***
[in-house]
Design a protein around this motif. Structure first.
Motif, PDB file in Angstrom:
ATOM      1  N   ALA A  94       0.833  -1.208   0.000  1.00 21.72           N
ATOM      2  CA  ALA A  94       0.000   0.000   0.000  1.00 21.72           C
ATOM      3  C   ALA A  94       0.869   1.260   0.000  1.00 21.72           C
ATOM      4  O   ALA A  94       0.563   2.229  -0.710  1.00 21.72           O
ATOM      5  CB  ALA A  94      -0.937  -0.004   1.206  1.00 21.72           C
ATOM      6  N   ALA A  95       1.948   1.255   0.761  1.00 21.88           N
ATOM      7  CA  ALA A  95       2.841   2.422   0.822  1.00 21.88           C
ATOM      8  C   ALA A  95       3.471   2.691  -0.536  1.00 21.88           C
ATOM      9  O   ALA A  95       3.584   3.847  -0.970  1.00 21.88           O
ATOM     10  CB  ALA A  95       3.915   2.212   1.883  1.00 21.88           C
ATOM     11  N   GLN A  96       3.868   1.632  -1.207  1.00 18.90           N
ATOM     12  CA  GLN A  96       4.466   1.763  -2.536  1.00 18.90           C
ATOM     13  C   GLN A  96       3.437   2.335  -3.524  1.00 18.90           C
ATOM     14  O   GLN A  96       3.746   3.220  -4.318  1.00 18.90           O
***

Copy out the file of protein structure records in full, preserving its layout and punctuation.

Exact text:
[in-house]
Design a protein around this motif. Structure first.
Motif, PDB file in Angstrom:
ATOM      1  N   ALA A  94       0.833  -1.208   0.000  1.00 21.72           N
ATOM      2  CA  ALA A  94       0.000   0.000   0.000  1.00 21.72           C
ATOM      3  C   ALA A  94       0.869   1.260   0.000  1.00 21.72           C
ATOM      4  O   ALA A  94       0.563   2.229  -0.710  1.00 21.72           O
ATOM      5  CB  ALA A  94      -0.937  -0.004   1.206  1.00 21.72           C
ATOM      6  N   ALA A  95       1.948   1.255   0.761  1.00 21.88           N
ATOM      7  CA  ALA A  95       2.841   2.422   0.822  1.00 21.88           C
ATOM      8  C   ALA A  95       3.471   2.691  -0.536  1.00 21.88           C
ATOM      9  O   ALA A  95       3.584   3.847  -0.970  1.00 21.88           O
ATOM     10  CB  ALA A  95       3.915   2.212   1.883  1.00 21.88           C
ATOM     11  N   GLN A  96       3.868   1.632  -1.207  1.00 18.90           N
ATOM     12  CA  GLN A  96       4.466   1.763  -2.536  1.00 18.90           C
ATOM     13  C   GLN A  96       3.437   2.335  -3.524  1.00 18.90           C
ATOM     14  O   GLN A  96       3.746   3.220  -4.318  1.00 18.90           O